This book was beautifully written! As you all must know by now, I am a huge sucker for some good historical fiction. This was exactly that.

Wolf and the water mood board

Everything from the character development to the plot was amazing. I loved that it was enjoyable yet informative at the same time (KEY element of a good historical fiction book)

I really loved Kala and Melissa’s relationship and bond too! A f/f relationship made the whole book more lovable.

I absolutely cannot wait to read and enjoy the rest of the series too!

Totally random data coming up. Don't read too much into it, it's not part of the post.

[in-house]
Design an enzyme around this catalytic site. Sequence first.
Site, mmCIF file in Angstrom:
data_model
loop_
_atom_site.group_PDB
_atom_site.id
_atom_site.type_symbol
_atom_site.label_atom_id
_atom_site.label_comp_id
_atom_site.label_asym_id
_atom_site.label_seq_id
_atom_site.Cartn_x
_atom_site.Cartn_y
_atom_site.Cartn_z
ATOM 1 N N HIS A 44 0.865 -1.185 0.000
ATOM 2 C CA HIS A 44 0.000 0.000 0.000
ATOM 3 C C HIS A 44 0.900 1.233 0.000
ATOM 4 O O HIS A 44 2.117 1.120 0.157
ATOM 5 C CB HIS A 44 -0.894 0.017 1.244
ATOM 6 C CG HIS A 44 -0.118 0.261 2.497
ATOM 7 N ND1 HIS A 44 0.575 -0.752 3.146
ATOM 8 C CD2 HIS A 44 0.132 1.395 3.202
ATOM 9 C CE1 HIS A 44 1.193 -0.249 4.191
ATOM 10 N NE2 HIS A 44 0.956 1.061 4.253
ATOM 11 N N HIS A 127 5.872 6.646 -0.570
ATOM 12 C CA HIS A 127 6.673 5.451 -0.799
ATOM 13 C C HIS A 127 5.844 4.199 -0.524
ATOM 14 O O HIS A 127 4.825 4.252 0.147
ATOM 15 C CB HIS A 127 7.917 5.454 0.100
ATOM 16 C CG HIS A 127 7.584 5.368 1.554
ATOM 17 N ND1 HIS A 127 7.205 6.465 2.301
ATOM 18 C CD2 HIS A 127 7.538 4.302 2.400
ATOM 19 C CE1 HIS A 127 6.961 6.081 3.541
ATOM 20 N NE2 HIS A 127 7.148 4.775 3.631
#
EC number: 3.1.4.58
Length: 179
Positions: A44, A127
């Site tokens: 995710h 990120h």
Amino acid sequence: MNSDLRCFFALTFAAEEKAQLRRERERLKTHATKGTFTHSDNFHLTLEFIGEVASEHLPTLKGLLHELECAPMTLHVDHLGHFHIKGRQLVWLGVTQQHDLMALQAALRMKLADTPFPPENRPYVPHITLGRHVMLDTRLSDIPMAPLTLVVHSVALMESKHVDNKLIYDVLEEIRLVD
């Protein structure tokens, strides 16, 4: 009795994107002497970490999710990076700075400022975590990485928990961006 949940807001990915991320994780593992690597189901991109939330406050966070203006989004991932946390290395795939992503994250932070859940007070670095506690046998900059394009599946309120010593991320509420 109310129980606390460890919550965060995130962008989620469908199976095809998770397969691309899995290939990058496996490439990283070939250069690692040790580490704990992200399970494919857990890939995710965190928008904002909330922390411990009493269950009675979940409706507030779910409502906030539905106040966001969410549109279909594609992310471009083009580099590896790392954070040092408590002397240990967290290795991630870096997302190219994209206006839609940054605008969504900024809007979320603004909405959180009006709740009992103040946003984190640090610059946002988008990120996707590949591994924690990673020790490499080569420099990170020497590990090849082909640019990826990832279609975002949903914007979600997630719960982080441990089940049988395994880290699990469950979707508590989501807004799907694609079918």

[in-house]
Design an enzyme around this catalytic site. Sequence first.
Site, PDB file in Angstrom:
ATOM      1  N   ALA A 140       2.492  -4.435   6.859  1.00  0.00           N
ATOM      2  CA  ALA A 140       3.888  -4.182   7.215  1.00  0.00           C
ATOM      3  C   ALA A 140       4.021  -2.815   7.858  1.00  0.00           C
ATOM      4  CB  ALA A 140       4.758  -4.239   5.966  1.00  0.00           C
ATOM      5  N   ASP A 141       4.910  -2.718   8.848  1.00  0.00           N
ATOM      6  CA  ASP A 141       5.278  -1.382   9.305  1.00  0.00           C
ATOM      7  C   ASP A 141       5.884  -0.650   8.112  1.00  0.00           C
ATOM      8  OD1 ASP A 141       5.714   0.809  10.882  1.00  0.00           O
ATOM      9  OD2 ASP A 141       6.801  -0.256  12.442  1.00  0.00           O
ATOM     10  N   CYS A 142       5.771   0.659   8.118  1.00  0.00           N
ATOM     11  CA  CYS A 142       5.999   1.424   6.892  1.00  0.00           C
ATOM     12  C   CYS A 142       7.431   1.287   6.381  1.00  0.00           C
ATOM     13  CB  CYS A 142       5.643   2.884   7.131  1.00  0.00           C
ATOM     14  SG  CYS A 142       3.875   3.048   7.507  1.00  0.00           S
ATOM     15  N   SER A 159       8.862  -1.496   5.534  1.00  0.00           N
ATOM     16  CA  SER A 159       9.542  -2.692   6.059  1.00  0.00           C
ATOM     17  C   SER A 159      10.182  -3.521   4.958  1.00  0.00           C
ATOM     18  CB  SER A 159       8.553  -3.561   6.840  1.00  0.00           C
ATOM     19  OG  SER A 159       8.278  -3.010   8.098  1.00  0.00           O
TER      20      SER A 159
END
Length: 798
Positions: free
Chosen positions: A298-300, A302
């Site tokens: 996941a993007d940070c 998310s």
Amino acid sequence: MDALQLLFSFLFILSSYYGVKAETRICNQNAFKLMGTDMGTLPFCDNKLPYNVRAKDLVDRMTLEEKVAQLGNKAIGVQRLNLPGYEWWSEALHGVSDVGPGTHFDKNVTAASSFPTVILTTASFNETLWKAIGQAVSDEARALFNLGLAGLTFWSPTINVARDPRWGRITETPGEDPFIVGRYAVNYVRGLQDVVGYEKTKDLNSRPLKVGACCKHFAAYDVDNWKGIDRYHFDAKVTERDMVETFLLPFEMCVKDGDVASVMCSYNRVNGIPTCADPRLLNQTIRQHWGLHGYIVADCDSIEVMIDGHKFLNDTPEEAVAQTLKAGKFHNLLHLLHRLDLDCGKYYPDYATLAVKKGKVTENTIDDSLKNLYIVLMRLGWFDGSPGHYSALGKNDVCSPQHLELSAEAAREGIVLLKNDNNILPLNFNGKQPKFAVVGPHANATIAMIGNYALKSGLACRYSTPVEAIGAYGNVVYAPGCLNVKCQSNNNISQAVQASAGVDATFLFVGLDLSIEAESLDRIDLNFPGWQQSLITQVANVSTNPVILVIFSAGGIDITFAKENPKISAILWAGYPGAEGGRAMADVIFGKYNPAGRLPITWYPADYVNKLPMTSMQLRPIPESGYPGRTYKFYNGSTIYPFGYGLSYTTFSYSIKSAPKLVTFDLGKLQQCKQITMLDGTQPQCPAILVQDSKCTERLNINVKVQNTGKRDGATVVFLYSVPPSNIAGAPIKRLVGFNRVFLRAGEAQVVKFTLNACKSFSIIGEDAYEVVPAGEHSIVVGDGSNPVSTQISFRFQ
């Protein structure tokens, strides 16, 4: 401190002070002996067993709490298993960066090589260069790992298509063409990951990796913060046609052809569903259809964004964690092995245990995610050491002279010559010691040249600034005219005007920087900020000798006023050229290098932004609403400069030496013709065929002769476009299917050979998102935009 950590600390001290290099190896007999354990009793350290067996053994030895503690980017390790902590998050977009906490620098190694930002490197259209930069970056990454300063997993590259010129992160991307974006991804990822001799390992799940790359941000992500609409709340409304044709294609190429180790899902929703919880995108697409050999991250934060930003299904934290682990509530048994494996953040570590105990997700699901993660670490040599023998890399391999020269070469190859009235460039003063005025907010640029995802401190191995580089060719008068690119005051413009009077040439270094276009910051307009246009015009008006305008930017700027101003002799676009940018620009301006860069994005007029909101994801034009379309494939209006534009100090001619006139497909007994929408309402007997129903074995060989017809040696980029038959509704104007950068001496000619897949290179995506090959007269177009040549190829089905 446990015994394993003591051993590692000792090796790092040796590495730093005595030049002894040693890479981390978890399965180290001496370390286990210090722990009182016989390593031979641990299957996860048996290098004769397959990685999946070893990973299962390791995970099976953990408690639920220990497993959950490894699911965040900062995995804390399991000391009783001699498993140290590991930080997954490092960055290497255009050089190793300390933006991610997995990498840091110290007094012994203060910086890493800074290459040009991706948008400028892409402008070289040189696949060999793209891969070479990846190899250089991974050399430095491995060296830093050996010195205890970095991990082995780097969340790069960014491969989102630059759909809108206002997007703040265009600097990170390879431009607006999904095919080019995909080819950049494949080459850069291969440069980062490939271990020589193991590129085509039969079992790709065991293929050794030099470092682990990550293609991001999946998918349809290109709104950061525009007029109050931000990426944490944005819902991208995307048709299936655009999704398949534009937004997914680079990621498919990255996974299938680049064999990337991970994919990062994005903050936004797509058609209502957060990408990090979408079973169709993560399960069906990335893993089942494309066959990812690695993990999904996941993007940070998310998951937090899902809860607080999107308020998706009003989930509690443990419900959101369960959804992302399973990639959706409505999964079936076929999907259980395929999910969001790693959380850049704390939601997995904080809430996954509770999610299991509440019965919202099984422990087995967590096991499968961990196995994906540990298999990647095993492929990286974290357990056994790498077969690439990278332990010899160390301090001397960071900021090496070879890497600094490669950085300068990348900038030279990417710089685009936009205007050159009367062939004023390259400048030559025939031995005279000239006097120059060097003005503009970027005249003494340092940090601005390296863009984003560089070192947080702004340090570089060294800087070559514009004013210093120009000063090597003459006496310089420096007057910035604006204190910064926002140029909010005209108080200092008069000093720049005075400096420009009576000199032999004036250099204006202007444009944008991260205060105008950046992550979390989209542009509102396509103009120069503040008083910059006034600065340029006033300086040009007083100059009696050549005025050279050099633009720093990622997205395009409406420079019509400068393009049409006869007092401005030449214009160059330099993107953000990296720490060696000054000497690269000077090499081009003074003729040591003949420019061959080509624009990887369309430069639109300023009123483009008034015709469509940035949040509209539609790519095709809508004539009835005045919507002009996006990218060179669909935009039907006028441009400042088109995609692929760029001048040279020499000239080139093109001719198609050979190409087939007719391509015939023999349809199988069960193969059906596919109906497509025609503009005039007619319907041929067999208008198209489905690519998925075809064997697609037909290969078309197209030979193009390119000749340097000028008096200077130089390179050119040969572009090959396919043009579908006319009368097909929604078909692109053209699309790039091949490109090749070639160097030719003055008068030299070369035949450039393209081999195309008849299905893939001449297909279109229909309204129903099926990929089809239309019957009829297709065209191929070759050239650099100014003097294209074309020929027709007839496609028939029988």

Representation: Bisexual MC of color who is disabled, side queer characters.
Trigger Warnings: violence (murder/attempted murder, amputation, poisoning, arson, injuries), death (on-page and remembered), racism, ableism, slavery, misogyny, parental abuse (emotional and physical, vivid on the page descriptions), miscarriage, attempted sexual assault.

Mini Interview With Josie Jaffrey

Hi Josie! Thank you so much for joining me for the interview! Your latest book ‘The Wolf And The Water’ is a YA Historical Fiction novel heavily inspired by ancient greek and roman history. Can you tell us something about it that the official synopsis leaves out?

Thank you for having me! I don’t want to give too much away for people who haven’t read the book yet, but I will say that it’s inspired by Atlantis. That probably gives you a big clue about where the book is going 😂